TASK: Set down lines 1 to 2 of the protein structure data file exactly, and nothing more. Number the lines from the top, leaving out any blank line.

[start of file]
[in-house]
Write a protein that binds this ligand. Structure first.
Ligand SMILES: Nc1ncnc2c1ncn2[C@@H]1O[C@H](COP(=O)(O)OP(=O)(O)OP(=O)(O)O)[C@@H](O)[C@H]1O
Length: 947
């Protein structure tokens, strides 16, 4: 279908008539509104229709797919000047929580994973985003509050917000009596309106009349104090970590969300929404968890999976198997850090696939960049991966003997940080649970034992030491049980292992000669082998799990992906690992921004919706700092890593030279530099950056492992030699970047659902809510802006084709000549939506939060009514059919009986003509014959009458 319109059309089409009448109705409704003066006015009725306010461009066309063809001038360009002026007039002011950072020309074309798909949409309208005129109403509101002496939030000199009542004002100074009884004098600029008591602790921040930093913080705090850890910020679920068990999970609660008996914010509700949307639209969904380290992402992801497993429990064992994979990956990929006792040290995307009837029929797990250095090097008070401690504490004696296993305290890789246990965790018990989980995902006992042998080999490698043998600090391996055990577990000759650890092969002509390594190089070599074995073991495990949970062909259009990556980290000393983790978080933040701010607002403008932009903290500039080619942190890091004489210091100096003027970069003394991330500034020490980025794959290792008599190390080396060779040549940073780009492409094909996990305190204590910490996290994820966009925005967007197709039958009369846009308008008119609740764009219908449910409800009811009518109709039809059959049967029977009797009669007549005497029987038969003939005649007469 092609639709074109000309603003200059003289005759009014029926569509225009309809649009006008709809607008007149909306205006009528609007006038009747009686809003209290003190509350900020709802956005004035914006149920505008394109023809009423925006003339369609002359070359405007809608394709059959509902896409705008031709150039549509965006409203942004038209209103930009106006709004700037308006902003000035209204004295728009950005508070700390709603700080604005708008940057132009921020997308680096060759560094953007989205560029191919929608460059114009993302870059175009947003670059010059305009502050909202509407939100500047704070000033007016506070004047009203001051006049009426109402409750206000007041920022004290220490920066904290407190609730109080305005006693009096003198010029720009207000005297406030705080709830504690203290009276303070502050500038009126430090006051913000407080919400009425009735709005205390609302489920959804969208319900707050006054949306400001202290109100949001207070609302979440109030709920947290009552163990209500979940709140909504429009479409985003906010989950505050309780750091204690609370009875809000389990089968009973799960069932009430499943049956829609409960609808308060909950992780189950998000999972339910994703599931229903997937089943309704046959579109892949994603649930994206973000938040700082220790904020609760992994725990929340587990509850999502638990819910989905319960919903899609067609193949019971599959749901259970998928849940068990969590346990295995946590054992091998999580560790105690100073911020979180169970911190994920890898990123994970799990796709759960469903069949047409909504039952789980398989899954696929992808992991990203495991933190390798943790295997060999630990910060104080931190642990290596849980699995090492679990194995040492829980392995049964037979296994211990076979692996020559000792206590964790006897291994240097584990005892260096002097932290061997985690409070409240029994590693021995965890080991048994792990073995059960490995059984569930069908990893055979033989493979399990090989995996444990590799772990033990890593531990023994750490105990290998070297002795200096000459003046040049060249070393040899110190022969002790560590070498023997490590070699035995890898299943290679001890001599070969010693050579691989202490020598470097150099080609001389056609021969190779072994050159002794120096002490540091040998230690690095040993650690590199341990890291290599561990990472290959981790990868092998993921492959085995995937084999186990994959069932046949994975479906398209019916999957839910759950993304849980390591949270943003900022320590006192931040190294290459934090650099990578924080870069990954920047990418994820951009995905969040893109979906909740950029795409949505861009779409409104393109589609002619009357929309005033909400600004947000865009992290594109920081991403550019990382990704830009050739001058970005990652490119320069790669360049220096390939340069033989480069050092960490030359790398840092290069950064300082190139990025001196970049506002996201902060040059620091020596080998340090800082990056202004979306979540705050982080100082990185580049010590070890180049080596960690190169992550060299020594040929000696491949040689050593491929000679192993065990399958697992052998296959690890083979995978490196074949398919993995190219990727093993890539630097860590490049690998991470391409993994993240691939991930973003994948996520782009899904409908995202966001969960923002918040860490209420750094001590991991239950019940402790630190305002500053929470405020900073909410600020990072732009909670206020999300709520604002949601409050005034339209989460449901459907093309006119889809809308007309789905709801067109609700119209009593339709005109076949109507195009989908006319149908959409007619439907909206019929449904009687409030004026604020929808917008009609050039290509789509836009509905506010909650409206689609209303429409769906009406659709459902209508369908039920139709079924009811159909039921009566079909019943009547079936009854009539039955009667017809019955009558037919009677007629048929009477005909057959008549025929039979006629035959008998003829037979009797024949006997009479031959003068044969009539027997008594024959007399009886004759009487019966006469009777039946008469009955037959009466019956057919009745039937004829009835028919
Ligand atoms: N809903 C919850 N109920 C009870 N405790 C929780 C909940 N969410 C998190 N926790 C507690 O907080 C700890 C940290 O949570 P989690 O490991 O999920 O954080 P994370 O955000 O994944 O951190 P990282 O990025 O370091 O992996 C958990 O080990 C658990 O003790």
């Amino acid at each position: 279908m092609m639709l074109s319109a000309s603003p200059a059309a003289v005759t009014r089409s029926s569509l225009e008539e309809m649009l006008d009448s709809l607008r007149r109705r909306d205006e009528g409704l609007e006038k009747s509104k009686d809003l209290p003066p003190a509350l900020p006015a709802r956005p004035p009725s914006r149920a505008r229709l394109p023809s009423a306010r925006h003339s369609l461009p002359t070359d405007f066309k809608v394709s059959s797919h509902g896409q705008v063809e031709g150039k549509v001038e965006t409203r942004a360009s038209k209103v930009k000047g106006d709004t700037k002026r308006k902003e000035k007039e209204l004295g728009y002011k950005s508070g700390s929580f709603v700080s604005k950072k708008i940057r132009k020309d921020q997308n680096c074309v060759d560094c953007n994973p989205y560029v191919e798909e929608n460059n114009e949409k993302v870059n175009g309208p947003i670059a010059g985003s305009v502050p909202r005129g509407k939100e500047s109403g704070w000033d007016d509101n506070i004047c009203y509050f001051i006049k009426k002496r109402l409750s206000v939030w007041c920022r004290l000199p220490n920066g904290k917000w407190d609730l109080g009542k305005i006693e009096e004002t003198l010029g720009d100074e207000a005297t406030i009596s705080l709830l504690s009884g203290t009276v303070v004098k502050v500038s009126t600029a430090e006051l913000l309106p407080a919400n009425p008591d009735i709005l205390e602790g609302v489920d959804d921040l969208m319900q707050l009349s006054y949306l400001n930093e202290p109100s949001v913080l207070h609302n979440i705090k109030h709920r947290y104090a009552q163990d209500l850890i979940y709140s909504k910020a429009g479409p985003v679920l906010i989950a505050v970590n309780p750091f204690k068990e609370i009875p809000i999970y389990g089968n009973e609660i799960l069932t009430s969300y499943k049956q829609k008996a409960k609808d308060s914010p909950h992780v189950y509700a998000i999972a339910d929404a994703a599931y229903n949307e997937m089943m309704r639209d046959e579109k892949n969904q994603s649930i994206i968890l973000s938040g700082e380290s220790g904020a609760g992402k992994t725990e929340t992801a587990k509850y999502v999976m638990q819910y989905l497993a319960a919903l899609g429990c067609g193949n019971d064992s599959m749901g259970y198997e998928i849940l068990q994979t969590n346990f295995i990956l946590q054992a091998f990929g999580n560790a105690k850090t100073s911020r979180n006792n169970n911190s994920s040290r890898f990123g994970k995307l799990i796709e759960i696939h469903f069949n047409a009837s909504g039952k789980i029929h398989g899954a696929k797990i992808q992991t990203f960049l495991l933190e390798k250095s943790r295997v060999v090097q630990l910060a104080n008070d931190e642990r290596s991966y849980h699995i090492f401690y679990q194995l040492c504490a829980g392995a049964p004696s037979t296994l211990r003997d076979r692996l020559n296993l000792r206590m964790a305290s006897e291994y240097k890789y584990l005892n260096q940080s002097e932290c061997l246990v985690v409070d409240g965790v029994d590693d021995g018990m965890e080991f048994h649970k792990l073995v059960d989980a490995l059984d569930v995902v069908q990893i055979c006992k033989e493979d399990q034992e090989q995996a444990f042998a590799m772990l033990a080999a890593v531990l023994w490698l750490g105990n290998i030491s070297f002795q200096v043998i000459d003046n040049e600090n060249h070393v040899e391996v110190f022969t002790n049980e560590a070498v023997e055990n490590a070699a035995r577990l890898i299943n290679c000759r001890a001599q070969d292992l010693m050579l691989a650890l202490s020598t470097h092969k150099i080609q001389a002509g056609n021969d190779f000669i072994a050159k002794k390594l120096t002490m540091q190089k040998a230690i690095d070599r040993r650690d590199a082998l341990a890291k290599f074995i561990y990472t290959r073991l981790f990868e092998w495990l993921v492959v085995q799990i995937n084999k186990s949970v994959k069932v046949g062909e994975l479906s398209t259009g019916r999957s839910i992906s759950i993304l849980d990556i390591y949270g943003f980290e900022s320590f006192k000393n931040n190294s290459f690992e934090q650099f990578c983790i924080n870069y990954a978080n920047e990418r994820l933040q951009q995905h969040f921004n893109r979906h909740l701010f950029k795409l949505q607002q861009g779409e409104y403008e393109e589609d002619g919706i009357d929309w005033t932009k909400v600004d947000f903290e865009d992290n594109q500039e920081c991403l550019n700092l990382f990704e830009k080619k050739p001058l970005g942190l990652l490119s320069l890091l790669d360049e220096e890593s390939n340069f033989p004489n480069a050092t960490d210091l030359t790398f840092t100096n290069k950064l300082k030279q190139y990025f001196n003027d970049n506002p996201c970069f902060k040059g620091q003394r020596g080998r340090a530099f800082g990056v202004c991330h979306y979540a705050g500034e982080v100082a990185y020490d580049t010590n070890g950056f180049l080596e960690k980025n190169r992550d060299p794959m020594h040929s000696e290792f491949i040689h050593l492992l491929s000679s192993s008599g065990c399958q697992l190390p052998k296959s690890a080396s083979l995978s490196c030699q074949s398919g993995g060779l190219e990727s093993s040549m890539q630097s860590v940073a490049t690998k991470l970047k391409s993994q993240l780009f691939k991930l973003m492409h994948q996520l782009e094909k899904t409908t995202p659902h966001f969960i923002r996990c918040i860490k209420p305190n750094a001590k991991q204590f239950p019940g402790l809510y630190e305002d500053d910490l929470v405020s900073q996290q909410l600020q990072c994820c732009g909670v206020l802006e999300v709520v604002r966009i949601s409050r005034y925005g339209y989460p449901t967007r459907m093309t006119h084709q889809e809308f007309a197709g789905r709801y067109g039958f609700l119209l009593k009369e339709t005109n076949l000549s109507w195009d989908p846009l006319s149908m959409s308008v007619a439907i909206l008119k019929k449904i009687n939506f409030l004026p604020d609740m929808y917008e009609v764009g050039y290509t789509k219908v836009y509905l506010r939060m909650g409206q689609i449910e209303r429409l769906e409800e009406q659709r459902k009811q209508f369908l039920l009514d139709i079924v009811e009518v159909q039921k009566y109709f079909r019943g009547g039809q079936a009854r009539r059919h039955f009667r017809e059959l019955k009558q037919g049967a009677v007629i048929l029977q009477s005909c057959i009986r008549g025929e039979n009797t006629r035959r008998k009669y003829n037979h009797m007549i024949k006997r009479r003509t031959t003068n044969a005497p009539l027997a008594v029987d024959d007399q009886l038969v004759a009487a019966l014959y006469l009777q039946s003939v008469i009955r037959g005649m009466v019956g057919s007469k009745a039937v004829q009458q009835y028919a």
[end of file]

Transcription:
[in-house]
Write a protein that binds this ligand. Structure first.